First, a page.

HIV-Associated Cardiovascular Disease: Role of Connexin 43.

TitleHIV-Associated Cardiovascular Disease: Role of Connexin 43.
Publication TypeJournal Article
Year of Publication2017
AuthorsPrevedel, L, Morocho, C, Bennett, MVL, Eugenin, EA
JournalAm J Pathol
Date Published2017 Sep
KeywordsAdult, Aged, Aged, 80 and over, Cardiovascular Diseases, CD4 Lymphocyte Count, Connexin 43, Female, HIV Infections, Humans, Inflammation, Male, Middle Aged, Myocardium, Young Adult

Chronic HIV infection due to effective antiretroviral treatment has resulted in a broad range of clinical complications, including accelerated heart disease. Individuals with HIV infection have a 1.5 to 2 times higher incidence of cardiovascular diseases than their uninfected counterparts; however, the underlying mechanisms are poorly understood. To explore the link between HIV infection and cardiovascular diseases, we used postmortem human heart tissues obtained from HIV-infected and control uninfected individuals to examine connexin 43 (Cx43) expression and distribution and HIV-associated inflammation. Here, we demonstrate that Cx43 is dysregulated in the hearts of HIV-infected individuals. In all HIV heart samples analyzed, there were areas where Cx43 was overexpressed and found along the lateral membrane of the cardiomyocyte and in the intercalated disks. Areas of HIV tissue with anomalous Cx43 expression and localization also showed calcium overload, sarcofilamental atrophy, and accumulation of collagen. All these changes were independent of viral replication, CD4 counts, inflammation, and type of antiretroviral treatment. Overall, we propose that HIV infection increases Cx43 expression in heart, resulting in tissue damage that likely contributes to the high rates of cardiovascular disease in HIV-infected individuals.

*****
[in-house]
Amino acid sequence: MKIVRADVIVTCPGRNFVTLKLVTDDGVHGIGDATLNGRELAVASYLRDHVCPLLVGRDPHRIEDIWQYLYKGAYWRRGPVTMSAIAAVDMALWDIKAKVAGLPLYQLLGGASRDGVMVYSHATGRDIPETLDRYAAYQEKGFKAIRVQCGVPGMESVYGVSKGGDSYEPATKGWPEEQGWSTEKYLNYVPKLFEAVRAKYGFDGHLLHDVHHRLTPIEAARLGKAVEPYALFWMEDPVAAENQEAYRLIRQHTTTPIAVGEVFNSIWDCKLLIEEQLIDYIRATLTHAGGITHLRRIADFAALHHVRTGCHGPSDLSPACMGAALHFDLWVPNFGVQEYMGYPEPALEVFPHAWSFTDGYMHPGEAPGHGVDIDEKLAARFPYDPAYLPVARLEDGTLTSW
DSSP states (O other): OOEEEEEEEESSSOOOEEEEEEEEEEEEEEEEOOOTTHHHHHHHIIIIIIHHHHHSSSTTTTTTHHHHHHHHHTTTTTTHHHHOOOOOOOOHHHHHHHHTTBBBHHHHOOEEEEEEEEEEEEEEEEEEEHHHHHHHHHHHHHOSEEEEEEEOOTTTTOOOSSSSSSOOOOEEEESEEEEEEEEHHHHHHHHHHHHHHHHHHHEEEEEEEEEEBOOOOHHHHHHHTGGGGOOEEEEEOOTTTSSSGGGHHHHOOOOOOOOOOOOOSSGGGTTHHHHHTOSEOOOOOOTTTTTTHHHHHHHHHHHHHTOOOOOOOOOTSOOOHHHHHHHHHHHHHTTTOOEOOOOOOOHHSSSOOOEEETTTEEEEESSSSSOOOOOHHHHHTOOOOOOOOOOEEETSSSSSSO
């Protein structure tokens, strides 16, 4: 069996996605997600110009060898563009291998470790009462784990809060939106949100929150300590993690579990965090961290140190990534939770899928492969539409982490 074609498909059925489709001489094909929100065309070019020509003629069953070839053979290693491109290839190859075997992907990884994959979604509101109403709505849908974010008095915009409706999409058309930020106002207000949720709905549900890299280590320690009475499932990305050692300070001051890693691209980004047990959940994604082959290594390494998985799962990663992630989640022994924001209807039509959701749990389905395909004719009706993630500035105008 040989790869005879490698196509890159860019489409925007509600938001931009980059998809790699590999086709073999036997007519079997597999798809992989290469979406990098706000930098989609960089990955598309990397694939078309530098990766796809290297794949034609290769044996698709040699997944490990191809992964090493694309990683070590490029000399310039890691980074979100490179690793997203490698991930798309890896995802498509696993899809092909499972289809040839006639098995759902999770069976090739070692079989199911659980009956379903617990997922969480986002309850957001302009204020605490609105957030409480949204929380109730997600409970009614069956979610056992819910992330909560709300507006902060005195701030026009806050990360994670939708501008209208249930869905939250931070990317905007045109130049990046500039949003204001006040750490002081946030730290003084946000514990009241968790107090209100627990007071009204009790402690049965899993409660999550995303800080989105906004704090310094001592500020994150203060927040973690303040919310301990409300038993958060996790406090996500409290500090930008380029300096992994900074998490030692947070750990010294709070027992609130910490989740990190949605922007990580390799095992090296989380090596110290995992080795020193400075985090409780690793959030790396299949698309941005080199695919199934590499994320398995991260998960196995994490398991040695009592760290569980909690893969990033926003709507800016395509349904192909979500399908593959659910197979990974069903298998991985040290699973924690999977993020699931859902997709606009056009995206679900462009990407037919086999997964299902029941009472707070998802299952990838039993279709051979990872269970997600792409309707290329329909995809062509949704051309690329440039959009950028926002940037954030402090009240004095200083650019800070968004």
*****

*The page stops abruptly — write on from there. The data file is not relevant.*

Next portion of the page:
Alternate JournalAm J Pathol
PubMed ID28688235
PubMed Central IDPMC5809504
Grant ListU24 MH100925 / MH / NIMH NIH HHS / United States
U24 MH100931 / MH / NIMH NIH HHS / United States
U24 MH100928 / MH / NIMH NIH HHS / United States
R01 MH096625 / MH / NIMH NIH HHS / United States
R01 NS105584 / NS / NINDS NIH HHS / United States
U24 MH100930 / MH / NIMH NIH HHS / United States